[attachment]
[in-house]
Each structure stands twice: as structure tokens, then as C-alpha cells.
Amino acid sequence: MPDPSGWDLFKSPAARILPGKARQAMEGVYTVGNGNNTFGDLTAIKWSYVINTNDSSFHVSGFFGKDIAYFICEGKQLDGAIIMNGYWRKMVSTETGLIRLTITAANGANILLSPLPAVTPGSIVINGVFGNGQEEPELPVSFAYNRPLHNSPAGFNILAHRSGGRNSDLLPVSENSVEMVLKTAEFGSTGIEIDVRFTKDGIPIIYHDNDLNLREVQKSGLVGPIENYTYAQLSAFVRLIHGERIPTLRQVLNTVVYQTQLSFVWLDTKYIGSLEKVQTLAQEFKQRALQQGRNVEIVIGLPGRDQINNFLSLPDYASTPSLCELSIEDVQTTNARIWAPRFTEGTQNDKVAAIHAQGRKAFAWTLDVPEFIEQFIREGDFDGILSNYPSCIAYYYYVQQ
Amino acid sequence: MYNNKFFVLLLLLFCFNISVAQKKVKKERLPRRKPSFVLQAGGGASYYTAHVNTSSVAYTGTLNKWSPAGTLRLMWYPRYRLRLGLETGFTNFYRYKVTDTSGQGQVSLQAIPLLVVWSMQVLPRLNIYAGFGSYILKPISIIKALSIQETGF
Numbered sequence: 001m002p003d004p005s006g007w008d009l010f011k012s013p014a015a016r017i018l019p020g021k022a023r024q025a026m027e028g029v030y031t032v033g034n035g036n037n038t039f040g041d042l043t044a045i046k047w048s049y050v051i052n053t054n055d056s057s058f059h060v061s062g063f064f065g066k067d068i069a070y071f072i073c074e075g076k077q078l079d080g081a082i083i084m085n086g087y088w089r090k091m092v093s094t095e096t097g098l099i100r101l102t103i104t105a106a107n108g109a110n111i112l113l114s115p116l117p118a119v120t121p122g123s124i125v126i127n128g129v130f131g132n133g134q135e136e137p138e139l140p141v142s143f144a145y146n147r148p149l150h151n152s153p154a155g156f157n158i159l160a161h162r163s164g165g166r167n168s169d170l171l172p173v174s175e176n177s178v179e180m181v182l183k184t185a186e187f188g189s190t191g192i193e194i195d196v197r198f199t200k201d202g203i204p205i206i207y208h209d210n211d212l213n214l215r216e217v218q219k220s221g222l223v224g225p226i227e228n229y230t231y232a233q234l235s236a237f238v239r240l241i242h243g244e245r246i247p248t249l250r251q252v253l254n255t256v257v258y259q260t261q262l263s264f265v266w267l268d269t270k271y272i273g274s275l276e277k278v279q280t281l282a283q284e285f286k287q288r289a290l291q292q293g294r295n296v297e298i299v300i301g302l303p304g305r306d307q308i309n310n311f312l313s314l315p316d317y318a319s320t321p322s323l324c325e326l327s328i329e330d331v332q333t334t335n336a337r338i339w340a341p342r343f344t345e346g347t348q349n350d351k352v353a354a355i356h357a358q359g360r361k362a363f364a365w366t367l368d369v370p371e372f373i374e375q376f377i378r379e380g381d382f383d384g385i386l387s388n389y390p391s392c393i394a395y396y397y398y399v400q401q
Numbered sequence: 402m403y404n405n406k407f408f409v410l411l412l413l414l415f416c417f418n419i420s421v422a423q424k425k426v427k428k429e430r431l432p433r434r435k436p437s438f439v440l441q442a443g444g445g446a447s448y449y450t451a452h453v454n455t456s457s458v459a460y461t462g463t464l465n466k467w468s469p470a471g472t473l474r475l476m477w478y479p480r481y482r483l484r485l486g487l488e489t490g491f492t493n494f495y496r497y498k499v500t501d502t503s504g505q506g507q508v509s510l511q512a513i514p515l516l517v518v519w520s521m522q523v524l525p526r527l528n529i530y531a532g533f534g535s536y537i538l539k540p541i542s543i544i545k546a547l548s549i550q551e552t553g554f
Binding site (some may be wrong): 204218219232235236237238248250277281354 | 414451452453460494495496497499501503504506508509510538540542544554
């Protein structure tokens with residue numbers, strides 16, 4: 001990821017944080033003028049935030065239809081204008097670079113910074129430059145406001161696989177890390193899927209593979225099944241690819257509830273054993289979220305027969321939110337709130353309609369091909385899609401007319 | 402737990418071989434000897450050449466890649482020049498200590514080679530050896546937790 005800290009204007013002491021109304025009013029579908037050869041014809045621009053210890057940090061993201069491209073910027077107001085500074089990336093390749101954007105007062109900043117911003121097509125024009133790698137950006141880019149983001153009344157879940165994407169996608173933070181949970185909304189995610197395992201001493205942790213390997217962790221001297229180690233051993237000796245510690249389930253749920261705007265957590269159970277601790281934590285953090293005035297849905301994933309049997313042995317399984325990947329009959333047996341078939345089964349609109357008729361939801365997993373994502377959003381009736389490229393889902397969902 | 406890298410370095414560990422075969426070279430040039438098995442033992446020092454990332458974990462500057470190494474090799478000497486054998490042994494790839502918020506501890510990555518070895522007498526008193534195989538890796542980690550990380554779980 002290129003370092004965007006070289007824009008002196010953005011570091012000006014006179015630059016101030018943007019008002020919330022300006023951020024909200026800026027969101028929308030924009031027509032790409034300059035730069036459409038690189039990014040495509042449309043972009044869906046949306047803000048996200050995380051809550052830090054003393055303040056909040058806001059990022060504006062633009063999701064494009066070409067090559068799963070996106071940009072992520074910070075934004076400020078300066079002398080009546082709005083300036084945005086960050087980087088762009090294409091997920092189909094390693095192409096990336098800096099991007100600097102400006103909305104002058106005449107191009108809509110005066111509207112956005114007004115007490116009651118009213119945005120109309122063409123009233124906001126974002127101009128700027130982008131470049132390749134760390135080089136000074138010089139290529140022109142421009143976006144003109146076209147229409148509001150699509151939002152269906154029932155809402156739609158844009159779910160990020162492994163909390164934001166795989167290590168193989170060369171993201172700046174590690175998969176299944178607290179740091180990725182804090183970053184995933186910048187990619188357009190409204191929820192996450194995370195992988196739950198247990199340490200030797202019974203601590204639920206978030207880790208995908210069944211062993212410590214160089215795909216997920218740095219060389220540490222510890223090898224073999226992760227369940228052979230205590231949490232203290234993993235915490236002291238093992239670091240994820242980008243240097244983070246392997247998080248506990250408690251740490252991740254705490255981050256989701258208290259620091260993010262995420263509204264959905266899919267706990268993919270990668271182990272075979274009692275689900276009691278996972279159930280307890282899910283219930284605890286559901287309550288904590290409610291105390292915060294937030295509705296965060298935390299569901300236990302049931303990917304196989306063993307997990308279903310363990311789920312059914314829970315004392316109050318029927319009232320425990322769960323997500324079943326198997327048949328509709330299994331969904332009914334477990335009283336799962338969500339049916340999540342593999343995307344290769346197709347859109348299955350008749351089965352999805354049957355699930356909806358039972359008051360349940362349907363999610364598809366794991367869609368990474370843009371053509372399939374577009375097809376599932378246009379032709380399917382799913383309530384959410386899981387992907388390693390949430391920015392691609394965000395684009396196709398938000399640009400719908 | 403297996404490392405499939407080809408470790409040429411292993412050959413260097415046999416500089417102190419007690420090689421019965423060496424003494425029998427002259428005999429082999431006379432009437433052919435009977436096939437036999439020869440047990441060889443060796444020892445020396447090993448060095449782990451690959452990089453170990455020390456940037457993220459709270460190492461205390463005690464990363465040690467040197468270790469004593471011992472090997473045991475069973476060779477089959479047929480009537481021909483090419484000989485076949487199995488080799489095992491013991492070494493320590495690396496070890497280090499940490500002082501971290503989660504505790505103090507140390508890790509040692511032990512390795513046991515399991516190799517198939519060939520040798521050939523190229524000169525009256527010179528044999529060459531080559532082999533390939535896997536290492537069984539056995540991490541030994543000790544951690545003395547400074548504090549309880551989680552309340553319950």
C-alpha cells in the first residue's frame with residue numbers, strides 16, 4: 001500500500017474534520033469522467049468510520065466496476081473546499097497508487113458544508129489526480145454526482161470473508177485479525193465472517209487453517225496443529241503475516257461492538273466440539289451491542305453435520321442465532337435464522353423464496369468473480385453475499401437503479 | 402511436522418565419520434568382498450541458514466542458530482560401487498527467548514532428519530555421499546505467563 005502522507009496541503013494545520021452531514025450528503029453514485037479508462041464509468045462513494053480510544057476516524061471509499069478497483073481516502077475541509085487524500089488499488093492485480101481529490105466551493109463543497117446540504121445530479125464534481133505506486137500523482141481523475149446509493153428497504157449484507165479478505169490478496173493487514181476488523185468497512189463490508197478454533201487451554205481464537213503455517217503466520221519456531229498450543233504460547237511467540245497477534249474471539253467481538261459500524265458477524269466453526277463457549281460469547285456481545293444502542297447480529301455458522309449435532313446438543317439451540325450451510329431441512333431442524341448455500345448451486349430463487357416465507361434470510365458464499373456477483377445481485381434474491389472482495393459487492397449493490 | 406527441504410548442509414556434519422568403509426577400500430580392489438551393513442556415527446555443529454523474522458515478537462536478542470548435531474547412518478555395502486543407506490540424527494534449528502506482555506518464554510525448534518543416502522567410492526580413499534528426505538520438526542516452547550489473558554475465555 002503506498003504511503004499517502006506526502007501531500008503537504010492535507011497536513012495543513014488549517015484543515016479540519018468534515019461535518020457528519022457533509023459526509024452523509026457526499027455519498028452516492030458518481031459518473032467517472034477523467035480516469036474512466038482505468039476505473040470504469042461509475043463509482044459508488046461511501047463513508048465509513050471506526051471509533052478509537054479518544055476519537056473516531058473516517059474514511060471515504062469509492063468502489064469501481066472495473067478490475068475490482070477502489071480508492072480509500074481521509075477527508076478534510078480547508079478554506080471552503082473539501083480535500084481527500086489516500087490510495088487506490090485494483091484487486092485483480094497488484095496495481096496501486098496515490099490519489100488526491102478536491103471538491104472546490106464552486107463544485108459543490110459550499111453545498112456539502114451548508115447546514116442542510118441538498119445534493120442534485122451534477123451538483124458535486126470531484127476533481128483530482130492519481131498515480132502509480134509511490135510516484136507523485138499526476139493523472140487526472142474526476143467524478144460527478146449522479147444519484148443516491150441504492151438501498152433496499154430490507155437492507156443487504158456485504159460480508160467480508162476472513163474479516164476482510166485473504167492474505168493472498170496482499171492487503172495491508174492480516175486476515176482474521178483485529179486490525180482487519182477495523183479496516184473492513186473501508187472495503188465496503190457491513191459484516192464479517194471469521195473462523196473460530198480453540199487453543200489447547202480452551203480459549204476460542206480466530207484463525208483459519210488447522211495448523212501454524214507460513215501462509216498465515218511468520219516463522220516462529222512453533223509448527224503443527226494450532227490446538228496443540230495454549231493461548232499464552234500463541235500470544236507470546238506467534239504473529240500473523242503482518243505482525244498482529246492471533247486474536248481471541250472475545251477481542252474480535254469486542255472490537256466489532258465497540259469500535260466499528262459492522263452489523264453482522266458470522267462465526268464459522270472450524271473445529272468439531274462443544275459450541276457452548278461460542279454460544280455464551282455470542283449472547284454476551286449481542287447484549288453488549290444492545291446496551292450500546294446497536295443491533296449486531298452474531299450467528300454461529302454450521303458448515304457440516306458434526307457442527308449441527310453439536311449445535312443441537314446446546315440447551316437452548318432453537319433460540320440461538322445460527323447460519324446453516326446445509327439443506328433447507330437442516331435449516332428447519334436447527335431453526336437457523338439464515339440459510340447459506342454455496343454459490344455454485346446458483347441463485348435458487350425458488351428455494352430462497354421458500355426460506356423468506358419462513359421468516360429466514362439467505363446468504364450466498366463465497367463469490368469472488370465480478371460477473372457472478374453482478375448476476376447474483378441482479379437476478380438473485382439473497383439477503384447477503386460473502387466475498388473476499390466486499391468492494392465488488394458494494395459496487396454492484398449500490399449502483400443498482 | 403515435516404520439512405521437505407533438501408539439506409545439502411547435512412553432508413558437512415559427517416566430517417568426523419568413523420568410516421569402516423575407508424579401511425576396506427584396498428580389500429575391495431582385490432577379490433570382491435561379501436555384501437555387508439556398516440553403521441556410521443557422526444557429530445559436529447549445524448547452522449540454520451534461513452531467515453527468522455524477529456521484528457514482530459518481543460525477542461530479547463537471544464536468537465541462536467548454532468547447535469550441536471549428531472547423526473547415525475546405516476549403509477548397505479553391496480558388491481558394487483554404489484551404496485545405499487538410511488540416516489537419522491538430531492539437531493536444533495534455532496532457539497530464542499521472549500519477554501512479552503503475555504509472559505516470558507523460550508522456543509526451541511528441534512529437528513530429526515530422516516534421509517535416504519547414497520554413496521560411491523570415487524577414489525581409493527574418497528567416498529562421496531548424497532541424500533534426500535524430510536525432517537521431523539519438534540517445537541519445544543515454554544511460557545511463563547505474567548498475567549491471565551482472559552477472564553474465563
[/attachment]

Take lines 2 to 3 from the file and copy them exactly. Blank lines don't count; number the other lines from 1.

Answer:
Each structure stands twice: as structure tokens, then as C-alpha cells.
Amino acid sequence: MPDPSGWDLFKSPAARILPGKARQAMEGVYTVGNGNNTFGDLTAIKWSYVINTNDSSFHVSGFFGKDIAYFICEGKQLDGAIIMNGYWRKMVSTETGLIRLTITAANGANILLSPLPAVTPGSIVINGVFGNGQEEPELPVSFAYNRPLHNSPAGFNILAHRSGGRNSDLLPVSENSVEMVLKTAEFGSTGIEIDVRFTKDGIPIIYHDNDLNLREVQKSGLVGPIENYTYAQLSAFVRLIHGERIPTLRQVLNTVVYQTQLSFVWLDTKYIGSLEKVQTLAQEFKQRALQQGRNVEIVIGLPGRDQINNFLSLPDYASTPSLCELSIEDVQTTNARIWAPRFTEGTQNDKVAAIHAQGRKAFAWTLDVPEFIEQFIREGDFDGILSNYPSCIAYYYYVQQ